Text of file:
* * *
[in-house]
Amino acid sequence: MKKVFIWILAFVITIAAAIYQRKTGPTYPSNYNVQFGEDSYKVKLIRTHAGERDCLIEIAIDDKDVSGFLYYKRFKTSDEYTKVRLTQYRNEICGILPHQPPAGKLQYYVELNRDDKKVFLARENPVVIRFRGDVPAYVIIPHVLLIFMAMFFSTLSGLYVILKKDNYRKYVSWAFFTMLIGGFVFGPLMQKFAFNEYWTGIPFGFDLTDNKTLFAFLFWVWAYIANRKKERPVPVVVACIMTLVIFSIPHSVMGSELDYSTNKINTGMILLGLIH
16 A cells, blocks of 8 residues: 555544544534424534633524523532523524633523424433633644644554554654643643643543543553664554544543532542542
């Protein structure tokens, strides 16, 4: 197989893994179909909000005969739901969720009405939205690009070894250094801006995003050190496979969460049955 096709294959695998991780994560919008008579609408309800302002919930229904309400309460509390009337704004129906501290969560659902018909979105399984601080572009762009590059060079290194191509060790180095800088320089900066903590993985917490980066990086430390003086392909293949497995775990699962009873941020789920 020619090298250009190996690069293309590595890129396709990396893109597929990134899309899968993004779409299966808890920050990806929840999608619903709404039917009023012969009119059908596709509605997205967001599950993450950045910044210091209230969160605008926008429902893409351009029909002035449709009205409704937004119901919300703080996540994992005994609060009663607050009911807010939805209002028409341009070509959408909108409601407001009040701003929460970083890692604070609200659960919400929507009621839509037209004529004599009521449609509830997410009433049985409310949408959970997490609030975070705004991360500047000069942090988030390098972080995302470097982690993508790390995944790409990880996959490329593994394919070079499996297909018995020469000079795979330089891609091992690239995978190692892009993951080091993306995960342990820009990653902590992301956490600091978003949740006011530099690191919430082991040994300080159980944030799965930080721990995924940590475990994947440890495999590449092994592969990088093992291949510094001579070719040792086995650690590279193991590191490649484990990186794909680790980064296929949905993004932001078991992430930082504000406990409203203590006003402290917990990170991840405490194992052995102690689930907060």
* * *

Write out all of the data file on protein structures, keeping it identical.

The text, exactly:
[in-house]
Amino acid sequence: MKKVFIWILAFVITIAAAIYQRKTGPTYPSNYNVQFGEDSYKVKLIRTHAGERDCLIEIAIDDKDVSGFLYYKRFKTSDEYTKVRLTQYRNEICGILPHQPPAGKLQYYVELNRDDKKVFLARENPVVIRFRGDVPAYVIIPHVLLIFMAMFFSTLSGLYVILKKDNYRKYVSWAFFTMLIGGFVFGPLMQKFAFNEYWTGIPFGFDLTDNKTLFAFLFWVWAYIANRKKERPVPVVVACIMTLVIFSIPHSVMGSELDYSTNKINTGMILLGLIH
16 A cells, blocks of 8 residues: 555544544534424534633524523532523524633523424433633644644554554654643643643543543553664554544543532542542
């Protein structure tokens, strides 16, 4: 197989893994179909909000005969739901969720009405939205690009070894250094801006995003050190496979969460049955 096709294959695998991780994560919008008579609408309800302002919930229904309400309460509390009337704004129906501290969560659902018909979105399984601080572009762009590059060079290194191509060790180095800088320089900066903590993985917490980066990086430390003086392909293949497995775990699962009873941020789920 020619090298250009190996690069293309590595890129396709990396893109597929990134899309899968993004779409299966808890920050990806929840999608619903709404039917009023012969009119059908596709509605997205967001599950993450950045910044210091209230969160605008926008429902893409351009029909002035449709009205409704937004119901919300703080996540994992005994609060009663607050009911807010939805209002028409341009070509959408909108409601407001009040701003929460970083890692604070609200659960919400929507009621839509037209004529004599009521449609509830997410009433049985409310949408959970997490609030975070705004991360500047000069942090988030390098972080995302470097982690993508790390995944790409990880996959490329593994394919070079499996297909018995020469000079795979330089891609091992690239995978190692892009993951080091993306995960342990820009990653902590992301956490600091978003949740006011530099690191919430082991040994300080159980944030799965930080721990995924940590475990994947440890495999590449092994592969990088093992291949510094001579070719040792086995650690590279193991590191490649484990990186794909680790980064296929949905993004932001078991992430930082504000406990409203203590006003402290917990990170991840405490194992052995102690689930907060």